With a proven track record that has stood the test of time, Security Analysis is the first book I would recommend to someone looking to learn about investing. If you’re interested in purchasing this book, you can click here to start your road to smarter investing.
BY ROBERT G. HAGSTROM
Warren Buffett’s net worth is north of $60 billion dollars. As the Chairman and CEO of the international conglomerate Berkshire Hathaway, Buffett has grown the business from a dying manufacturing company into a ubiquitous company that owns household names like Dairy Queen, Fruit of the Loom, and GEICO Insurance. He is also a value investor. To me, that is not a coincidence!
Remember Ben Graham, the author of Security Analysis? Warren Buffett is his greatest student. And by student, I mean that literally – he studied under Graham as a student at Columbia Business School, and Buffett has openly admitted that Graham is the second most influential man in his life (behind his own father).
Buffett had a very interesting childhood, described in detail in Hagstrom’s book. He demonstrated from an early age that he had a knack for making money. His early business ventures included running the newspaper delivery route, selling Coca-Cola door-to-door, running a small pinball machine business, and purchasing his first stock (Cities Service Preferred, now operating as Citgo Petroleum Corporation) at the age of 11. He also filed his first income tax return at 14 (something I haven’t even done yet – thank God for accountants!).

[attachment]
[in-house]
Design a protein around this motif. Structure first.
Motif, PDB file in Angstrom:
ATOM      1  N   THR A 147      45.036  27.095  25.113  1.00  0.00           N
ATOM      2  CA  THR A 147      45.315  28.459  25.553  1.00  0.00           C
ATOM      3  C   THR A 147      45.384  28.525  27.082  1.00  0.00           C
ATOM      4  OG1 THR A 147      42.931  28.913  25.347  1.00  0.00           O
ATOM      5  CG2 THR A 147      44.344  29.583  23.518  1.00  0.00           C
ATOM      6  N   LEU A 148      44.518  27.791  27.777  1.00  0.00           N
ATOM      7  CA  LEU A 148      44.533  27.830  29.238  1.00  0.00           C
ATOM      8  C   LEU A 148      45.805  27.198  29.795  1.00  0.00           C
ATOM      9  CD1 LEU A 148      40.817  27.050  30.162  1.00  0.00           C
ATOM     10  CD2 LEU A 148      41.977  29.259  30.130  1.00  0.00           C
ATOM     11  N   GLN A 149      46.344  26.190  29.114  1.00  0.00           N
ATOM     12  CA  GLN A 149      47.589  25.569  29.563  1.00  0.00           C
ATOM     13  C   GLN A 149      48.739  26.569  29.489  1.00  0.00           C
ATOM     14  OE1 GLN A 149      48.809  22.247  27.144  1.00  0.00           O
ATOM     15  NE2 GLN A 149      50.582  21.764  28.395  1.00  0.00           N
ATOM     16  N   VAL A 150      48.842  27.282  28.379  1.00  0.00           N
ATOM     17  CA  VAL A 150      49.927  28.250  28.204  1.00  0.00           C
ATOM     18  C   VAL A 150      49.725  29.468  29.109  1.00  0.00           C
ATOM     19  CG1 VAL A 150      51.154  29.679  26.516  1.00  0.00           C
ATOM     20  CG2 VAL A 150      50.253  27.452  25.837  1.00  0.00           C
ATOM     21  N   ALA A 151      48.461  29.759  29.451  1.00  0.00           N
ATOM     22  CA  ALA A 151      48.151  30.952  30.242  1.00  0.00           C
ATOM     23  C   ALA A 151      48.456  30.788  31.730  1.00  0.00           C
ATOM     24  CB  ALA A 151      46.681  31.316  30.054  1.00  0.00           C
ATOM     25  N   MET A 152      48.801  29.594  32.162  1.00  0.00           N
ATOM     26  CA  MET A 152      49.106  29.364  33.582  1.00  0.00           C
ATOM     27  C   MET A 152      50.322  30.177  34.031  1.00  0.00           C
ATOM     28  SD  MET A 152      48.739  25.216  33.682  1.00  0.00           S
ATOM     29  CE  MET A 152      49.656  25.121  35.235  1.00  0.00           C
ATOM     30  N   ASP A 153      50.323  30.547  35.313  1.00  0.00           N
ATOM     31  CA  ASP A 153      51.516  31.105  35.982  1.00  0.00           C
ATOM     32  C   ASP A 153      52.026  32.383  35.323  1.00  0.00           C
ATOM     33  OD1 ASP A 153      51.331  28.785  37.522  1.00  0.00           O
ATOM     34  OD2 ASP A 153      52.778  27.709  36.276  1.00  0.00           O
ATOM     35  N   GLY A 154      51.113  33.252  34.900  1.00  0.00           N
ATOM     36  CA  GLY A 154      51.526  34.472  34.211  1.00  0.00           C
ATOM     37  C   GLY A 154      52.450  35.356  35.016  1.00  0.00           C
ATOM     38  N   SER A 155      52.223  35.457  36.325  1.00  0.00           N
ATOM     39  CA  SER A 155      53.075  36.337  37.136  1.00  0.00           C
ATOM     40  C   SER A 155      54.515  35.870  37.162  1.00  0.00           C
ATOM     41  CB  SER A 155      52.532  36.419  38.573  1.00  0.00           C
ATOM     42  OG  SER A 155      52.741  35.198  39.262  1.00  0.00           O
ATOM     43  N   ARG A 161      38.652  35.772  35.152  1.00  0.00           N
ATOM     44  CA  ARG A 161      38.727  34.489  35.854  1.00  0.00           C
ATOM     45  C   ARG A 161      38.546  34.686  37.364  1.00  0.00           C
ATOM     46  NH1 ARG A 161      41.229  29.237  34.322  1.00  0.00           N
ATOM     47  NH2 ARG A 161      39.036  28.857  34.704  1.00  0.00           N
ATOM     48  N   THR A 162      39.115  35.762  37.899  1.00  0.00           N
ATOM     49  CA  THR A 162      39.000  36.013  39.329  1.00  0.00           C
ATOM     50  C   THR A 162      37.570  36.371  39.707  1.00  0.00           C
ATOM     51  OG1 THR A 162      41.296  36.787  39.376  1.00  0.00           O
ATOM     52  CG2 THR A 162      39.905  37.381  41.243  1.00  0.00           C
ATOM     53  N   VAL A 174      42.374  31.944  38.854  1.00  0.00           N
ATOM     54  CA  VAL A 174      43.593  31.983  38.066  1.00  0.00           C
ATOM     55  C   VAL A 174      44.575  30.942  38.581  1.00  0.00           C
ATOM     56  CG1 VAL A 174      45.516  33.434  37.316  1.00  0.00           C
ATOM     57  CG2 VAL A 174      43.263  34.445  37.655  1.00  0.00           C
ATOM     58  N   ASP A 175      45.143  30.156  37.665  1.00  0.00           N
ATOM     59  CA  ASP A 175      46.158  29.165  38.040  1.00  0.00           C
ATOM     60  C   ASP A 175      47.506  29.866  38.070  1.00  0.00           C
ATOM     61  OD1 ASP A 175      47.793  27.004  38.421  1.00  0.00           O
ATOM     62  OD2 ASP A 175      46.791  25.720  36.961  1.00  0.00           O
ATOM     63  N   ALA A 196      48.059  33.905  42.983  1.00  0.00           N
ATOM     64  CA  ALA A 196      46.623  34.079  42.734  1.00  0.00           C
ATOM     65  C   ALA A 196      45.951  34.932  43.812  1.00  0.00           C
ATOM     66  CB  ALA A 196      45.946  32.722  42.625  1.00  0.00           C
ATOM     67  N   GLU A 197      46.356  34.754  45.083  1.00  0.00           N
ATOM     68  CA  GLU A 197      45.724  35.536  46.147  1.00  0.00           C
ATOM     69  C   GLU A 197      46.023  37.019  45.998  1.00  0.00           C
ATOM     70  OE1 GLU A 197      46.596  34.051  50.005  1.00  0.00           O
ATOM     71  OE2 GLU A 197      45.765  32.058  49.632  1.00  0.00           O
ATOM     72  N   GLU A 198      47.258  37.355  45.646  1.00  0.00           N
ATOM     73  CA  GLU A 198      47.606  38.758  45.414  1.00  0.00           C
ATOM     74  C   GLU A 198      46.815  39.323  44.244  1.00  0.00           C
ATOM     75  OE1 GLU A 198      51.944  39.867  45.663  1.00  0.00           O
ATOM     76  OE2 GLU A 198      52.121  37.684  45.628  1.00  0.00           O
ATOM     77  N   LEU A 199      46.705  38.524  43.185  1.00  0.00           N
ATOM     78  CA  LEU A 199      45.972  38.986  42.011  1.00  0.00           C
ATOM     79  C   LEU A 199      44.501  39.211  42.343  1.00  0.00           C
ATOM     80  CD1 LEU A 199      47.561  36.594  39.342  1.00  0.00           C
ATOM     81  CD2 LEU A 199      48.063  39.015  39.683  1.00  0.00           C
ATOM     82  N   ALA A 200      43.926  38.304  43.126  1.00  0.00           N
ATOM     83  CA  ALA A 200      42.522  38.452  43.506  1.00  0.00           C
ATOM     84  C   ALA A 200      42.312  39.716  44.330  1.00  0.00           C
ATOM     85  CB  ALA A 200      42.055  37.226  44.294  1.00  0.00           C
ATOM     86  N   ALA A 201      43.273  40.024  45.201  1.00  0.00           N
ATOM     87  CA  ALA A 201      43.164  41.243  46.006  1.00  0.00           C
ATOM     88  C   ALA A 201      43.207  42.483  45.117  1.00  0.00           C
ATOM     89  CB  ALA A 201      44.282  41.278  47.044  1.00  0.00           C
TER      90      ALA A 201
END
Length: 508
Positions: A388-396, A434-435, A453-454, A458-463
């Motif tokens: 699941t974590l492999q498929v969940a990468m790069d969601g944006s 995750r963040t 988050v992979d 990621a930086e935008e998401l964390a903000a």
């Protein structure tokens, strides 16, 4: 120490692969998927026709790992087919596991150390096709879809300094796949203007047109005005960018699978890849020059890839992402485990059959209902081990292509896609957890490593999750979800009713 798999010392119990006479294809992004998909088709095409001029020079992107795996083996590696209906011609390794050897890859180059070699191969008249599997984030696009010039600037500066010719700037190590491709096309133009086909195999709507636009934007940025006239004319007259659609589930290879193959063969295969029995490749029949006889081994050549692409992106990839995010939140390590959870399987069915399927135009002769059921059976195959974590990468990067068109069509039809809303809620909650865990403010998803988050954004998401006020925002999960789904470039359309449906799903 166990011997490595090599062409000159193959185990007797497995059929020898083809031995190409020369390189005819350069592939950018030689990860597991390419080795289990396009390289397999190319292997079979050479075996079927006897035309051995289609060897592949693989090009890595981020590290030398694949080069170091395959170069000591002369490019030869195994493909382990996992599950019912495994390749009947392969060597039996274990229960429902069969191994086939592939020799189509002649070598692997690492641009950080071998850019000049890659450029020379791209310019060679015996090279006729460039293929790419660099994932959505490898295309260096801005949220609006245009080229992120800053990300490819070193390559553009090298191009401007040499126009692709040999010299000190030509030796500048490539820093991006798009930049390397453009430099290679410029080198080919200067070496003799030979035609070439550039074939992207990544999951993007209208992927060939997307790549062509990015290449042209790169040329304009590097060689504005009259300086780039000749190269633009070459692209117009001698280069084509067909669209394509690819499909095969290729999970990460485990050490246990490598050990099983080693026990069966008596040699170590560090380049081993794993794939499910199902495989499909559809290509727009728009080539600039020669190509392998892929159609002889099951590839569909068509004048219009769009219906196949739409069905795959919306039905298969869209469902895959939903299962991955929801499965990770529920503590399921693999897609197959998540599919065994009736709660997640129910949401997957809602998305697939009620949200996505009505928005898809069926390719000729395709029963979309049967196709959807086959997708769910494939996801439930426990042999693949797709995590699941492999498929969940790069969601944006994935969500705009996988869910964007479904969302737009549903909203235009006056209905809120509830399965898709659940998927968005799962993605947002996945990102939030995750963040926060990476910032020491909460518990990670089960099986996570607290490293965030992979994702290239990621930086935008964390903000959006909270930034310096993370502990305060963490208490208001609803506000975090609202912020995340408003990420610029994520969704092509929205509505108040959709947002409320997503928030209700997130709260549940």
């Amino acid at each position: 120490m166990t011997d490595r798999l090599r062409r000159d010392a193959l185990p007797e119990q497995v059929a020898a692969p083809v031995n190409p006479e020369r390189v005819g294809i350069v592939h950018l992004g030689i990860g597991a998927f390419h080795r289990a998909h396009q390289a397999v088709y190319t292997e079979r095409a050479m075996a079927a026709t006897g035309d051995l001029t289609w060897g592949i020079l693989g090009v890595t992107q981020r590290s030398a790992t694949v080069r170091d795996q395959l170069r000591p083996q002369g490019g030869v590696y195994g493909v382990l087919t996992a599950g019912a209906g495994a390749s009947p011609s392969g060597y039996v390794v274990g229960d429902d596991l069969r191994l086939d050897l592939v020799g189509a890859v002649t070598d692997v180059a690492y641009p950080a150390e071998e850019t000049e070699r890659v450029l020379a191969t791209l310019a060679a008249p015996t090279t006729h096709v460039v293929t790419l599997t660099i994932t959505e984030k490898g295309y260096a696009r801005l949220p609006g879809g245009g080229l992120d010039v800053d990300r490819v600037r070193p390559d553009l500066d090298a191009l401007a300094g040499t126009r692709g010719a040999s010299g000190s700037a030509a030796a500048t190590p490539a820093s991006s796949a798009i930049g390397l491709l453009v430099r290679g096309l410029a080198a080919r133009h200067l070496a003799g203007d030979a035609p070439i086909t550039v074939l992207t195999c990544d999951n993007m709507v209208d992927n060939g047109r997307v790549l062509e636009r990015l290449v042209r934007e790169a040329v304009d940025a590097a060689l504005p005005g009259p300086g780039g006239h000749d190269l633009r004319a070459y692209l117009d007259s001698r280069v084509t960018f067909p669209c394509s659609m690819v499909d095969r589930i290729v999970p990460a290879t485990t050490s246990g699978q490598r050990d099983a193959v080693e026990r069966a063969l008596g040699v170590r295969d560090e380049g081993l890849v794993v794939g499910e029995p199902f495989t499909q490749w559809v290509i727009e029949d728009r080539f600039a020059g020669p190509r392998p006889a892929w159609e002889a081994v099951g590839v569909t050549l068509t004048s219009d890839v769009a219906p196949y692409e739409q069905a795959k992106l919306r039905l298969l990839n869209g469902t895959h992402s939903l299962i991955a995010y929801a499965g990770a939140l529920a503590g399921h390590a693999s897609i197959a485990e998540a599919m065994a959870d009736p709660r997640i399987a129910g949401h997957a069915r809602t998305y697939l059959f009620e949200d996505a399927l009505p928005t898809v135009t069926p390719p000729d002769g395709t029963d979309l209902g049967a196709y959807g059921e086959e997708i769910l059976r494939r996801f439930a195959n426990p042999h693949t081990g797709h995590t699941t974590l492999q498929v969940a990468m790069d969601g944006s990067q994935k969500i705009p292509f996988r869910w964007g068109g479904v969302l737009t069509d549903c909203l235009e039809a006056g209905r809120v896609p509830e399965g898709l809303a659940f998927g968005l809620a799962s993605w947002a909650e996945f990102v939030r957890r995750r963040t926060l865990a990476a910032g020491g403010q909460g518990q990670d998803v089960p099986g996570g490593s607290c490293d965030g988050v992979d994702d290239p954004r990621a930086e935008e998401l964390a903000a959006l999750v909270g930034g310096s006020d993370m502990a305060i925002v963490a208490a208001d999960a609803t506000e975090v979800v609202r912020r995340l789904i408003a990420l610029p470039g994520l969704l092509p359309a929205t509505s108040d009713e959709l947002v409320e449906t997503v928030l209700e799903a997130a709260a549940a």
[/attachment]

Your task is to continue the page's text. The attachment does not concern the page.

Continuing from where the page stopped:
His greatness didn’t stop there (or why would I be writing about him!). After graduating from Columbia Business School, he begged Ben Graham to let them work together, even offering to work for free. Graham refused initially, but eventually he did employ Buffet in the Graham-Newman Corp. as a securities analyst (sound familiar?). From there, Buffett made a killing by running investment partnerships with various individuals and taking fees based on his investment returns. Buffett grew his partnership large enough to purchase the outstanding shares of Berkshire Hathaway, which was a lagging textile manufacturer at the time. After making some management changes and switching the company’s main operations to insurance, Buffett had himself a promising company.